A nonfungible token (NFT) of Wikipedia’s first edit sold for $750,000 at a Christie’s auction on Dec. 15. In a separate lot, the 20-year-old strawberry pink iMac used to create the online encyclopedia went for $187,500.
What does it mean that a blockchain-backed digital asset attracted four times as much money as a physical object associated with the same bit of history?
“All I can say is that the NFT space is very dynamic and there’s still great interest in it,” says Peter Klarnet, a specialist for printed manuscripts and Americana at the 255-year-old British auction house.
He reports that the sale attracted book collectors and crypto art enthusiasts alike. “It was a very diverse group of people. Some clients were known to us and some were completely new to us—much like the Beeple sale,” Klarnet notes, referring to the historic $69 million auction that launched the NFT art craze.
For collectors of a certain age, the Wikipedia NFT was a nostalgic token from the early days of the internet. “For many, Wikipedia is an emblem of what the best of the internet could be,” says Klarnet.
Wikipedia co-founder Jimmy Wales tells Quartz he wanted to offer bidders a simulation of how it was to launch a website in the early aughts. For the Christie’s auction, he listed a “dynamic NFT” and dug up an old copy of Perl software to create an editable web page. “What kind of community is this going to attract? Is it going to be just taken over with trolls? What if people are completely uninterested and no one participate? Is this going to work at all? All of those questions were on my mind that morning,” he recalls.
On Jan. 15, 2001, using Perl software installed on an iMac G3, Wales typed the words”Hello, World,” following the computer programming convention used to verify that everything is in order—much like the way in which sound engineers perform a mic check. The pre-launch test isn’t saved on Wikipedia’s edit logs because it was created before the platform recorded all revisions.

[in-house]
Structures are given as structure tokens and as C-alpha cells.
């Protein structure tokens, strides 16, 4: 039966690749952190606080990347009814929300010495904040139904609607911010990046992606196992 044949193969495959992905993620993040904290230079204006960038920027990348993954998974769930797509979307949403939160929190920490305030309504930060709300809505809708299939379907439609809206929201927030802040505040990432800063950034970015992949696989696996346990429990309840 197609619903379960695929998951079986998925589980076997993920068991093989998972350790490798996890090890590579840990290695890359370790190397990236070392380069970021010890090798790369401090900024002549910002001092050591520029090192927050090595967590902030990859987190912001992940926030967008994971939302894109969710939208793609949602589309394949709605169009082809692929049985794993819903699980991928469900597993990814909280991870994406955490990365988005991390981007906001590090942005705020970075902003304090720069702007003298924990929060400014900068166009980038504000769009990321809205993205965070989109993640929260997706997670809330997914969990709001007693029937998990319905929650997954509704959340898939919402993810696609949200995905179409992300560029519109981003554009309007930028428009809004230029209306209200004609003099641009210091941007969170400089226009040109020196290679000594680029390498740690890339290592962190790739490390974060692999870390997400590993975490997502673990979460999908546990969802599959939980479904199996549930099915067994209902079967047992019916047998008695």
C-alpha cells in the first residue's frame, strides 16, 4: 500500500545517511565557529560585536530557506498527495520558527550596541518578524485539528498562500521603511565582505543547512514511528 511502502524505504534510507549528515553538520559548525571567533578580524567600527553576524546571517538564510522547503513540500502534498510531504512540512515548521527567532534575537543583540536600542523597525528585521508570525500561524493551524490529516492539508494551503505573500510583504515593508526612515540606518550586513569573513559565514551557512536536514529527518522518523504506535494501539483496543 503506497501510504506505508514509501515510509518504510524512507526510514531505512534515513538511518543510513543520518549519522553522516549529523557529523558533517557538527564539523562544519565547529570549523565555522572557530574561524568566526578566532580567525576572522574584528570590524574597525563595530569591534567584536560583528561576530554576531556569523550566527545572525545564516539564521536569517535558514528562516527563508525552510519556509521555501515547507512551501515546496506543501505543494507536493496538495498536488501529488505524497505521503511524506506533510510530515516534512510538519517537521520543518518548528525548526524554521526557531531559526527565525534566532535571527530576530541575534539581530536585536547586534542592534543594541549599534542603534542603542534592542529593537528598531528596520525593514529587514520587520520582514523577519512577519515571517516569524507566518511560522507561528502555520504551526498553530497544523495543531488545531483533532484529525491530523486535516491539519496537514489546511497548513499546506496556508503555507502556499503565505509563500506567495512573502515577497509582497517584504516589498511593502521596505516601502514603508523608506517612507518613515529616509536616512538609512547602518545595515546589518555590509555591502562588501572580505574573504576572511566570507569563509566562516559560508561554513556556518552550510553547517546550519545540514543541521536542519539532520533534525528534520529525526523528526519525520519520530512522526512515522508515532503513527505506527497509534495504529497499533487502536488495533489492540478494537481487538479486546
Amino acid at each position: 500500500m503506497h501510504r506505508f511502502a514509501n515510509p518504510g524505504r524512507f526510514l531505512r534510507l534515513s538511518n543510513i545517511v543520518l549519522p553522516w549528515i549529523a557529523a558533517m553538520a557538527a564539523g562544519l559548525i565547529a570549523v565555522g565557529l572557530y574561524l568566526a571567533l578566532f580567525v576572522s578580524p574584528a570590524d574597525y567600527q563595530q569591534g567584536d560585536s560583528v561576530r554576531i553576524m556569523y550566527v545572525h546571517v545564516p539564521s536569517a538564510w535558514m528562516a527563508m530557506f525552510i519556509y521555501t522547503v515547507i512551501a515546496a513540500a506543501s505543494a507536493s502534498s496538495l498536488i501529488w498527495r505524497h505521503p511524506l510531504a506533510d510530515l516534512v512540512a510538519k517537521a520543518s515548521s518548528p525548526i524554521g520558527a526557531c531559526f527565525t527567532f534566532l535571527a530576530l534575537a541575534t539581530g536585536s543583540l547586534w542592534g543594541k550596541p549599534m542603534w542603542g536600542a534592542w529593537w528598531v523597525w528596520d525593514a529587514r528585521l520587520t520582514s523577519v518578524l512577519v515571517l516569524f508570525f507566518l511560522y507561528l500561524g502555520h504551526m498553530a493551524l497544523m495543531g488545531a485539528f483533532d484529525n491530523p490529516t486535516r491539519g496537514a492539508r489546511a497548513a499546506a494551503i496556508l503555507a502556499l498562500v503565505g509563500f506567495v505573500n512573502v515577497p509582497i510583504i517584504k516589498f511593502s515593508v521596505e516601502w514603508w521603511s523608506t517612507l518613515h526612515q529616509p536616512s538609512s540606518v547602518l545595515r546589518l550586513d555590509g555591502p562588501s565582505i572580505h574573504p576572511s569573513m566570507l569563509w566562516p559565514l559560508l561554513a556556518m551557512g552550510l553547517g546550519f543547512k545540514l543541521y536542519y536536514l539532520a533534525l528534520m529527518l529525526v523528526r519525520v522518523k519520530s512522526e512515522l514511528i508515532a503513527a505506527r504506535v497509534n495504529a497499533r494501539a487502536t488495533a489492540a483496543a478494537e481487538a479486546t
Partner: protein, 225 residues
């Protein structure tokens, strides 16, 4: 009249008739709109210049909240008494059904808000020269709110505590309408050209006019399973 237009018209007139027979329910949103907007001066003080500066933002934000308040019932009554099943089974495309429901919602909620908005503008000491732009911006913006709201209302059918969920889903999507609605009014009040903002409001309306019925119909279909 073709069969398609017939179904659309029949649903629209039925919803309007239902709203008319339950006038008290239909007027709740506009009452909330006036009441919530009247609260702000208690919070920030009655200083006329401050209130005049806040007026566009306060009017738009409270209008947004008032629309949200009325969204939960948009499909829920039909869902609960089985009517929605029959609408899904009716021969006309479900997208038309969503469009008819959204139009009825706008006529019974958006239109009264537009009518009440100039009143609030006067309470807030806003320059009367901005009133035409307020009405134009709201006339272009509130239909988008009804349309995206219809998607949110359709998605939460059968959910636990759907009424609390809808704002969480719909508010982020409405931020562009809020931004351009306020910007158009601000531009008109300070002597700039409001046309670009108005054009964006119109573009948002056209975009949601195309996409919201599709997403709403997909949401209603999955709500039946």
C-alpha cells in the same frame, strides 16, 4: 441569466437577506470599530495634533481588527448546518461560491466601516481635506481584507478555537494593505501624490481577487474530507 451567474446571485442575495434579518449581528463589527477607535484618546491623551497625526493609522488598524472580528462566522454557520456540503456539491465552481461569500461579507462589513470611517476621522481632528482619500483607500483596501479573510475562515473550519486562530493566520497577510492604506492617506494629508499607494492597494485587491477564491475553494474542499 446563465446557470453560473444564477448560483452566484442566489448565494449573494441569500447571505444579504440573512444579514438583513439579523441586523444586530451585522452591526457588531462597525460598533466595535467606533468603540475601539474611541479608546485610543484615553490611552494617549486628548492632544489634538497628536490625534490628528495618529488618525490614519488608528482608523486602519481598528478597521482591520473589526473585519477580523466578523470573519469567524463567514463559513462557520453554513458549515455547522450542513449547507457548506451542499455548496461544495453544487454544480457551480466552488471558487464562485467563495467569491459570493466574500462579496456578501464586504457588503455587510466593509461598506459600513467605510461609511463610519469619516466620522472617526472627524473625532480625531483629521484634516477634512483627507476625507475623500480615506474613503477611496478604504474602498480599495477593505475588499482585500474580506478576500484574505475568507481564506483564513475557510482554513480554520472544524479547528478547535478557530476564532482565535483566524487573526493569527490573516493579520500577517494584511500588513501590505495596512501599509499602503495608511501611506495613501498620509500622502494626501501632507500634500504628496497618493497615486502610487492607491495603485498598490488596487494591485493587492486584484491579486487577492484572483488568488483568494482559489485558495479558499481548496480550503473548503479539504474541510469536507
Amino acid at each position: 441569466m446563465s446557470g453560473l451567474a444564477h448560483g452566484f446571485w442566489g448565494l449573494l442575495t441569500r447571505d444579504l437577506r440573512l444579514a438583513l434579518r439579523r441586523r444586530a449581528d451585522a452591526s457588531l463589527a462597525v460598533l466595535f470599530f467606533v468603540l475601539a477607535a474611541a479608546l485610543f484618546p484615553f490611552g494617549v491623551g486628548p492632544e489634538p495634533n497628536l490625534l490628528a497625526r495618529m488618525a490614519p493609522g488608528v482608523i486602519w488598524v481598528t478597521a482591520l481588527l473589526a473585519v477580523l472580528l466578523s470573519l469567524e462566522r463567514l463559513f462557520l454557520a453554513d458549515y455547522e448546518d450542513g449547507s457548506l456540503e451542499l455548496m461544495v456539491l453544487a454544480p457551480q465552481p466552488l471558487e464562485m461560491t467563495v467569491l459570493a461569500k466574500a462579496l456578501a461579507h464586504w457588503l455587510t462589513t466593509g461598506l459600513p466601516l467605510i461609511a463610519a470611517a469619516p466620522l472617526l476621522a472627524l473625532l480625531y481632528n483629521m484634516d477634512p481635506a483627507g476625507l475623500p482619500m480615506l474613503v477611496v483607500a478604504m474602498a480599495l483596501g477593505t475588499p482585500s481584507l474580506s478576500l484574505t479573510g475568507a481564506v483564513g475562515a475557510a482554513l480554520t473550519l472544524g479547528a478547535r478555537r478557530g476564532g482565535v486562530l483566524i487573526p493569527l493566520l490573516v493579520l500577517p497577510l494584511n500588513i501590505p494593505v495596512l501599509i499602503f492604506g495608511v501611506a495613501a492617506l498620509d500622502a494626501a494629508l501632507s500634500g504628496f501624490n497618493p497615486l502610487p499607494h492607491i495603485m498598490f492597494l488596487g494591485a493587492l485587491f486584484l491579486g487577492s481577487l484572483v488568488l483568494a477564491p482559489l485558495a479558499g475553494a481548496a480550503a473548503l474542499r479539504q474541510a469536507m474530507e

Wales says he held on to the pink iMac all these years, thinking it would be worthy of a museum one day. “It’s in the original box and I’ve been using it as a printer stand. I saved it on the theory that it might be worth something someday, like it could be this iconic computer,” says Wales. adding that he hoped the 20-year-old machine of questionable working order could fetch more than other used iMac G3s listed on eBay.
Wales plans to use the nearly $1 million he’s getting from the Christie’s auction for his three-year-old social networking startup called WT Social. “It’s still very much a pilot project,” says Wales, describing the challenges of raising funds for a platform that has no advertising or paywalls.
He envisions a “non-toxic” alternative to Facebook parent Meta’s platforms, where trusted curators manage content and users donate to keep it running, much like Wikipedia. “It needs to be interesting and fun but I don’t want it to be addictive,” Wales says. “It’s like a slow social-networking movement, where you might not spend all day on there, but you would spend enough time and come away with something meaningful.”
Wales contends that seeking independent sources of funding is crucial to fixing the ills of online social platforms. “The problems of social media can be traced to the business model,” he argues. “When you have an advertising-only business model, there’s a real temptation to promote outrageous content and anything that keeps people clicking.”